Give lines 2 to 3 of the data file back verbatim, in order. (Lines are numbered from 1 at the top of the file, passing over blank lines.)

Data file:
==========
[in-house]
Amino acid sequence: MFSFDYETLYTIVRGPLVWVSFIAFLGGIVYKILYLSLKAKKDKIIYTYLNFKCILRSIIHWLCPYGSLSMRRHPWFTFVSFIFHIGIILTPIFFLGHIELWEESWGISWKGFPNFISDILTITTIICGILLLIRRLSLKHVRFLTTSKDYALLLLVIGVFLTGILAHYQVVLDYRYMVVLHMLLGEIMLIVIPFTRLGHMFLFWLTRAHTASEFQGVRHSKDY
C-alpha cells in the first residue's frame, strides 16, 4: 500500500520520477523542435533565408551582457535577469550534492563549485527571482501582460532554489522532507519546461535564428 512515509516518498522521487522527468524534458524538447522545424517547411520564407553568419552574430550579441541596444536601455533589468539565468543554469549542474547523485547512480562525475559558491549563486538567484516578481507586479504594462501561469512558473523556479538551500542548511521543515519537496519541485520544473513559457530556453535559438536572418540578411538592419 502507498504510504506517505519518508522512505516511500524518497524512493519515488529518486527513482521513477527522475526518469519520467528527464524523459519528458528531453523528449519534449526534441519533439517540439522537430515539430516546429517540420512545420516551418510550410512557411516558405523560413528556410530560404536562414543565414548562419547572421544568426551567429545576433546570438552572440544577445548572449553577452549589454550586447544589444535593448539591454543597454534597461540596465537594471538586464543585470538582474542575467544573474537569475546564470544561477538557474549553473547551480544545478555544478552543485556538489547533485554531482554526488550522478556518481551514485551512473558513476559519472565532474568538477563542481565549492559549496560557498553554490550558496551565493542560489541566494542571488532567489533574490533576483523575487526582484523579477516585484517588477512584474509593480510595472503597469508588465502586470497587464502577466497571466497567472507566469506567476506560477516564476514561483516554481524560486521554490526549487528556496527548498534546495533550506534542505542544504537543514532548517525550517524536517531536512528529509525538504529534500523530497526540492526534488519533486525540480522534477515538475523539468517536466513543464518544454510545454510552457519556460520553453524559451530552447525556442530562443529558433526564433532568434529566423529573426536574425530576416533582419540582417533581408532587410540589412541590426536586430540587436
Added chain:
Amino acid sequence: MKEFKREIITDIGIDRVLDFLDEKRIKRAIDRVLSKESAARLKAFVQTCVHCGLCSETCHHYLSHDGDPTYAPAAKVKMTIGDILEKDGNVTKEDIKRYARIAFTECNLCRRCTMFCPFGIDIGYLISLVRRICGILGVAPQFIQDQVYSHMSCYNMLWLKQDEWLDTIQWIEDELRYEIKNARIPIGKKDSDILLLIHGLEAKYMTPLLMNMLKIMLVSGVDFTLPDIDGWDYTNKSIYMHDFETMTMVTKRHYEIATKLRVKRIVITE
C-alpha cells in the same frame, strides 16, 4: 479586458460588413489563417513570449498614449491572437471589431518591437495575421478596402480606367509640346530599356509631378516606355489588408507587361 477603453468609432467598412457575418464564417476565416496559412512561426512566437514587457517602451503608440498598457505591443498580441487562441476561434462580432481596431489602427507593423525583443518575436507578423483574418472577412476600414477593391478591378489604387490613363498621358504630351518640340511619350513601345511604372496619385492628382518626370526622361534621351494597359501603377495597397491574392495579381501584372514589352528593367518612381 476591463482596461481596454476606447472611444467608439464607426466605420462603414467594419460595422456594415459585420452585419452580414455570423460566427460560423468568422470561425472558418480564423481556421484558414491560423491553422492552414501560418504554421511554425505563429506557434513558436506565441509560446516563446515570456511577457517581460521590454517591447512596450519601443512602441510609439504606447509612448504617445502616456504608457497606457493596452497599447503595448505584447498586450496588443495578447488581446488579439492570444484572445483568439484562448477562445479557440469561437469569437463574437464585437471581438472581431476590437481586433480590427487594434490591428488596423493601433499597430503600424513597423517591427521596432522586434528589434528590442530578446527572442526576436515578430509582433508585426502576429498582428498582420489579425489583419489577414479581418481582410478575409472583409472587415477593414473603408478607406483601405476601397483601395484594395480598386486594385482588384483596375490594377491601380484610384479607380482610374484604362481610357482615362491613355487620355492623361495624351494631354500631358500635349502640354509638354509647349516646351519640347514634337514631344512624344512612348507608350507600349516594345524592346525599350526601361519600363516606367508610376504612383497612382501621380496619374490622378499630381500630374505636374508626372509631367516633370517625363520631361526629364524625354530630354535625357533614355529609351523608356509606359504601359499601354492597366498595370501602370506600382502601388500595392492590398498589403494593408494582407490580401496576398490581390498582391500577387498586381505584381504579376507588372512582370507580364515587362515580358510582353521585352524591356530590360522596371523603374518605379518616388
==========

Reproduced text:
Amino acid sequence: MFSFDYETLYTIVRGPLVWVSFIAFLGGIVYKILYLSLKAKKDKIIYTYLNFKCILRSIIHWLCPYGSLSMRRHPWFTFVSFIFHIGIILTPIFFLGHIELWEESWGISWKGFPNFISDILTITTIICGILLLIRRLSLKHVRFLTTSKDYALLLLVIGVFLTGILAHYQVVLDYRYMVVLHMLLGEIMLIVIPFTRLGHMFLFWLTRAHTASEFQGVRHSKDY
C-alpha cells in the first residue's frame, strides 16, 4: 500500500520520477523542435533565408551582457535577469550534492563549485527571482501582460532554489522532507519546461535564428 512515509516518498522521487522527468524534458524538447522545424517547411520564407553568419552574430550579441541596444536601455533589468539565468543554469549542474547523485547512480562525475559558491549563486538567484516578481507586479504594462501561469512558473523556479538551500542548511521543515519537496519541485520544473513559457530556453535559438536572418540578411538592419 502507498504510504506517505519518508522512505516511500524518497524512493519515488529518486527513482521513477527522475526518469519520467528527464524523459519528458528531453523528449519534449526534441519533439517540439522537430515539430516546429517540420512545420516551418510550410512557411516558405523560413528556410530560404536562414543565414548562419547572421544568426551567429545576433546570438552572440544577445548572449553577452549589454550586447544589444535593448539591454543597454534597461540596465537594471538586464543585470538582474542575467544573474537569475546564470544561477538557474549553473547551480544545478555544478552543485556538489547533485554531482554526488550522478556518481551514485551512473558513476559519472565532474568538477563542481565549492559549496560557498553554490550558496551565493542560489541566494542571488532567489533574490533576483523575487526582484523579477516585484517588477512584474509593480510595472503597469508588465502586470497587464502577466497571466497567472507566469506567476506560477516564476514561483516554481524560486521554490526549487528556496527548498534546495533550506534542505542544504537543514532548517525550517524536517531536512528529509525538504529534500523530497526540492526534488519533486525540480522534477515538475523539468517536466513543464518544454510545454510552457519556460520553453524559451530552447525556442530562443529558433526564433532568434529566423529573426536574425530576416533582419540582417533581408532587410540589412541590426536586430540587436